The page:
Ware defended the decision to Mississippi Today in 2019 by saying it was what Baptist leaders felt the facility had the ability for, based on the availability of specialists. 

UMMC is the state’s only Level 1 trauma center.

Ware said Thursday, though, that the health system decided to pursue the higher designation because leaders finally felt it was prepared for it.

“We just felt we were at a point … with our general surgery and our orthopedic surgeons, they were committed to supporting that,” Ware said. “We were taking care of trauma patients anyway, they come here through our (emergency department). There are people in Mississippi that want to receive care here, and we felt like it was important to be able to confirm that designation and be able to provide their care.”

While it’s not clear if Baptist plans to pursue a Level 1 designation, Ware said they’re continuing to evaluate whether they should attempt to be designated as a Level 2 facility, which would require recruiting neurosurgeons. Ware said leaders have not yet made a decision.

However, Ware said the burn center is their primary focus right now. 

“We’re going to start moving forward with working on our American Burn Association designation and getting our programming in order to be a leading program not just within the state, but within the country and within the world,” Culnan said.

Millions at stake

Both UMMC and Baptist are eligible to receive funds from the $4 million the Legislative has allocated toward the state’s next burn center.

How it’ll be split, though, isn’t yet clear. 

House Bill 1626, which outlines how the Health Department is funded by the state, says $4 million is intended to “defray the expense of establishing and equipping a burn center” in Mississippi.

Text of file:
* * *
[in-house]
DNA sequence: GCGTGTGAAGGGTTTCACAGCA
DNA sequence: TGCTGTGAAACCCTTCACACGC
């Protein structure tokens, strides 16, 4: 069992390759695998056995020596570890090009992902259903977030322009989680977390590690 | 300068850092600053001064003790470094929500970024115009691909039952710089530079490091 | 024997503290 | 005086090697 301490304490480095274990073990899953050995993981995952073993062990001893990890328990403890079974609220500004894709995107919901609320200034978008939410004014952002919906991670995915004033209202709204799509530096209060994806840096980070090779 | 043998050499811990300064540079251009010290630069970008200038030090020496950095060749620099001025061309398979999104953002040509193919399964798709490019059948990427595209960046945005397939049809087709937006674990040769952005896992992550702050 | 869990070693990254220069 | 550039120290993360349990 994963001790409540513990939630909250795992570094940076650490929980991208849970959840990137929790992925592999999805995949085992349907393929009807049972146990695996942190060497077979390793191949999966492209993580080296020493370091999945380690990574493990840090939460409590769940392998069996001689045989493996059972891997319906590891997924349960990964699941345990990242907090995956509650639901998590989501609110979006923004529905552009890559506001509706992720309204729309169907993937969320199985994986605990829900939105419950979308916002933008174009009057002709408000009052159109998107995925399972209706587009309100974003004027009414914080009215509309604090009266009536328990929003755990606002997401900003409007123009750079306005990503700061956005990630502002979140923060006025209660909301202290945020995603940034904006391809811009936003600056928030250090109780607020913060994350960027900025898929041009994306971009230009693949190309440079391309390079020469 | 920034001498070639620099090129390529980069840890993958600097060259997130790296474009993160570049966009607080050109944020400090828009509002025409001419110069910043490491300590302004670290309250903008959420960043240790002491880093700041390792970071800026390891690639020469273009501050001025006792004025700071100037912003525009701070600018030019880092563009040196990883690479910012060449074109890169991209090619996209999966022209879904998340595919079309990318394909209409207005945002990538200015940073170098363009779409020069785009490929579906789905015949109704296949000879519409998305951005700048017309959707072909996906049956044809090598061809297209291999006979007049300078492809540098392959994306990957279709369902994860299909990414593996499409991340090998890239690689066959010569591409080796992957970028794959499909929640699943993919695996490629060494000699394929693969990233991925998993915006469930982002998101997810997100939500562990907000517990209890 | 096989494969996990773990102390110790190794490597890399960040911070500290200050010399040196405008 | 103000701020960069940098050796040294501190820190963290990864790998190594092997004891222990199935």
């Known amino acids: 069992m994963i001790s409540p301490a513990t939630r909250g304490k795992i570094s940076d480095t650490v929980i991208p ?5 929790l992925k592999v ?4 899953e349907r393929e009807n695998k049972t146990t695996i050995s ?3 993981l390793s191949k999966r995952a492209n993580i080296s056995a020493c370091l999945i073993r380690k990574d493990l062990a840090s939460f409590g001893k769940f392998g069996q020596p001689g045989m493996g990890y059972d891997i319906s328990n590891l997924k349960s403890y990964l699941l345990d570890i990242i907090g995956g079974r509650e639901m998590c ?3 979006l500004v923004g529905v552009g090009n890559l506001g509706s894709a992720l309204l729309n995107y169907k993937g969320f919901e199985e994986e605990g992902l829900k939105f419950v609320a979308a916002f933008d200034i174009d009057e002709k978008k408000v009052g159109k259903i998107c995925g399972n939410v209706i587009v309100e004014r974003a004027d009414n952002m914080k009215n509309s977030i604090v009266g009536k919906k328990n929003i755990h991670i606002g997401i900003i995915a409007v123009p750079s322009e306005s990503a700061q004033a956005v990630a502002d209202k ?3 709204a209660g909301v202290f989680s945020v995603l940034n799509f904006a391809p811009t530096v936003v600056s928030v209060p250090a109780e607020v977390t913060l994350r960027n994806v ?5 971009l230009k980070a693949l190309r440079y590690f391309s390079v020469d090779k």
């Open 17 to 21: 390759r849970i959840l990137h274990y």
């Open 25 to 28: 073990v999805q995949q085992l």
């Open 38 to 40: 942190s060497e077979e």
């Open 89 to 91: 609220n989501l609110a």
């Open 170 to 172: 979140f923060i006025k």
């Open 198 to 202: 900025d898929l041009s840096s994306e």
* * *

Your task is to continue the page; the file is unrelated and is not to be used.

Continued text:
It goes on to say that the funds will be disbursed by the state Health Department as a reimbursable grant to the entities where a burn center is established.

Legislators involved in the bill’s creation, however, either could not be reached or were unclear about how the funds would be allocated. The bill’s principal author, Rep. John Read, said he was under the impression the state Health Department would handle the money’s allocation.

“I have not seen anything from the Department of Health yet,” he said.

A spokesperson from the state Health Department initially said the agency would follow the bill’s instructions. After more inquiries, however, a spokesperson replied that because both facilities are now designated as burn centers, they can now both access the funding. However, they’ll have to bid for the funds through a request for proposal, or RFP. 

On Thursday, Ware was unaware of details. Baptist plans to move forward with the development of its burn center through funds derived from operations and other capital funding and grants. 

“I’m sure (the state Health Department) is working on a plan, and they’ll communicate with me when they have more information available,” she said. 

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Devna Bose, a Neshoba County native, covers community health. She is a 2019 graduate of the University of Mississippi, where she studied print journalism and was a member of the Sally McDonnell Barksdale Honors College. Before joining Mississippi Today, Devna reported on education at Chalkbeat Newark and at the Post and Courier’s Education Lab, and on race and social justice at the Charlotte Observer. Her work has appeared in the Hechinger Report, the Star-Ledger and the Associated Press, and she has appeared on WNYC to discuss her reporting. Devna has been awarded for her coverage of K-12 education in the Carolinas.